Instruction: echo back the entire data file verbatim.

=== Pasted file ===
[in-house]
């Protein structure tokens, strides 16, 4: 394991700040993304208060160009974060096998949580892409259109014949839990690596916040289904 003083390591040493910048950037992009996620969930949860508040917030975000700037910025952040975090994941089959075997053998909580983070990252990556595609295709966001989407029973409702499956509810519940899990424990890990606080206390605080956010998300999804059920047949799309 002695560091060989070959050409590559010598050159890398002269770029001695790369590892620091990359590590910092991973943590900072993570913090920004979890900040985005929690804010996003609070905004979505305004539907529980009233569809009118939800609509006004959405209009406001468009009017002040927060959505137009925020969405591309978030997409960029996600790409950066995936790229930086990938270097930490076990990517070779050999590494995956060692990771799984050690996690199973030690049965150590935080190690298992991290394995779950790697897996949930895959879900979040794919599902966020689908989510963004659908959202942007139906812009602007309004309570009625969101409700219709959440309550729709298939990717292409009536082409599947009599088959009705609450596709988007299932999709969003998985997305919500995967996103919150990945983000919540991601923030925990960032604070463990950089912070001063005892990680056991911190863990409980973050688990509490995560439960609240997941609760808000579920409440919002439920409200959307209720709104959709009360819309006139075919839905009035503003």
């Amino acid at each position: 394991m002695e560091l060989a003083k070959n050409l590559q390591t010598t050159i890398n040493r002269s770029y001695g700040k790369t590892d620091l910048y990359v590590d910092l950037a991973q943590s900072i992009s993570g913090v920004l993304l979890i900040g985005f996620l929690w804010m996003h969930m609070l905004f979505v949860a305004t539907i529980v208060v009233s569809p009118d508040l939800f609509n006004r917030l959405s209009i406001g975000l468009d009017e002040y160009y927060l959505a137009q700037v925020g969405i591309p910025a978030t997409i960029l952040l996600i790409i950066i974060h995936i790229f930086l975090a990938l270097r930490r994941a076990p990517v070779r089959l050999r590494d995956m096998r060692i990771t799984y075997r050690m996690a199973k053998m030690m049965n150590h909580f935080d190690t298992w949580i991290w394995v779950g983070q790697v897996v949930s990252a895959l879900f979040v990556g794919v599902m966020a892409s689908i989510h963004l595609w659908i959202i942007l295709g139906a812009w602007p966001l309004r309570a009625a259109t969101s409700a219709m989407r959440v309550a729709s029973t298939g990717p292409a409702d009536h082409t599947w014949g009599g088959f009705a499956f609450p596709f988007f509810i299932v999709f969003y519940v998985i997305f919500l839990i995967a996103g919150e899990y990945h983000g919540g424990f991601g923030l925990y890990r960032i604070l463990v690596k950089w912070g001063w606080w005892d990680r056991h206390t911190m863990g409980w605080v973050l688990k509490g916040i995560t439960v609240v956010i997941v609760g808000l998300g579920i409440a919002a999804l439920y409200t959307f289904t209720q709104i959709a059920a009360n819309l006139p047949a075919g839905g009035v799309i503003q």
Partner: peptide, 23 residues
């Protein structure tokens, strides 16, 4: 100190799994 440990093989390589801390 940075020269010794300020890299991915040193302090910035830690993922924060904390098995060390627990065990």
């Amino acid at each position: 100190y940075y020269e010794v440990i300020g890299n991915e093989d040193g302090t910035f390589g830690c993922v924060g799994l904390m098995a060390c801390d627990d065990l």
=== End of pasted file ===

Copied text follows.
[in-house]
């Protein structure tokens, strides 16, 4: 394991700040993304208060160009974060096998949580892409259109014949839990690596916040289904 003083390591040493910048950037992009996620969930949860508040917030975000700037910025952040975090994941089959075997053998909580983070990252990556595609295709966001989407029973409702499956509810519940899990424990890990606080206390605080956010998300999804059920047949799309 002695560091060989070959050409590559010598050159890398002269770029001695790369590892620091990359590590910092991973943590900072993570913090920004979890900040985005929690804010996003609070905004979505305004539907529980009233569809009118939800609509006004959405209009406001468009009017002040927060959505137009925020969405591309978030997409960029996600790409950066995936790229930086990938270097930490076990990517070779050999590494995956060692990771799984050690996690199973030690049965150590935080190690298992991290394995779950790697897996949930895959879900979040794919599902966020689908989510963004659908959202942007139906812009602007309004309570009625969101409700219709959440309550729709298939990717292409009536082409599947009599088959009705609450596709988007299932999709969003998985997305919500995967996103919150990945983000919540991601923030925990960032604070463990950089912070001063005892990680056991911190863990409980973050688990509490995560439960609240997941609760808000579920409440919002439920409200959307209720709104959709009360819309006139075919839905009035503003």
């Amino acid at each position: 394991m002695e560091l060989a003083k070959n050409l590559q390591t010598t050159i890398n040493r002269s770029y001695g700040k790369t590892d620091l910048y990359v590590d910092l950037a991973q943590s900072i992009s993570g913090v920004l993304l979890i900040g985005f996620l929690w804010m996003h969930m609070l905004f979505v949860a305004t539907i529980v208060v009233s569809p009118d508040l939800f609509n006004r917030l959405s209009i406001g975000l468009d009017e002040y160009y927060l959505a137009q700037v925020g969405i591309p910025a978030t997409i960029l952040l996600i790409i950066i974060h995936i790229f930086l975090a990938l270097r930490r994941a076990p990517v070779r089959l050999r590494d995956m096998r060692i990771t799984y075997r050690m996690a199973k053998m030690m049965n150590h909580f935080d190690t298992w949580i991290w394995v779950g983070q790697v897996v949930s990252a895959l879900f979040v990556g794919v599902m966020a892409s689908i989510h963004l595609w659908i959202i942007l295709g139906a812009w602007p966001l309004r309570a009625a259109t969101s409700a219709m989407r959440v309550a729709s029973t298939g990717p292409a409702d009536h082409t599947w014949g009599g088959f009705a499956f609450p596709f988007f509810i299932v999709f969003y519940v998985i997305f919500l839990i995967a996103g919150e899990y990945h983000g919540g424990f991601g923030l925990y890990r960032i604070l463990v690596k950089w912070g001063w606080w005892d990680r056991h206390t911190m863990g409980w605080v973050l688990k509490g916040i995560t439960v609240v956010i997941v609760g808000l998300g579920i409440a919002a999804l439920y409200t959307f289904t209720q709104i959709a059920a009360n819309l006139p047949a075919g839905g009035v799309i503003q």
Partner: peptide, 23 residues
């Protein structure tokens, strides 16, 4: 100190799994 440990093989390589801390 940075020269010794300020890299991915040193302090910035830690993922924060904390098995060390627990065990």
């Amino acid at each position: 100190y940075y020269e010794v440990i300020g890299n991915e093989d040193g302090t910035f390589g830690c993922v924060g799994l904390m098995a060390c801390d627990d065990l």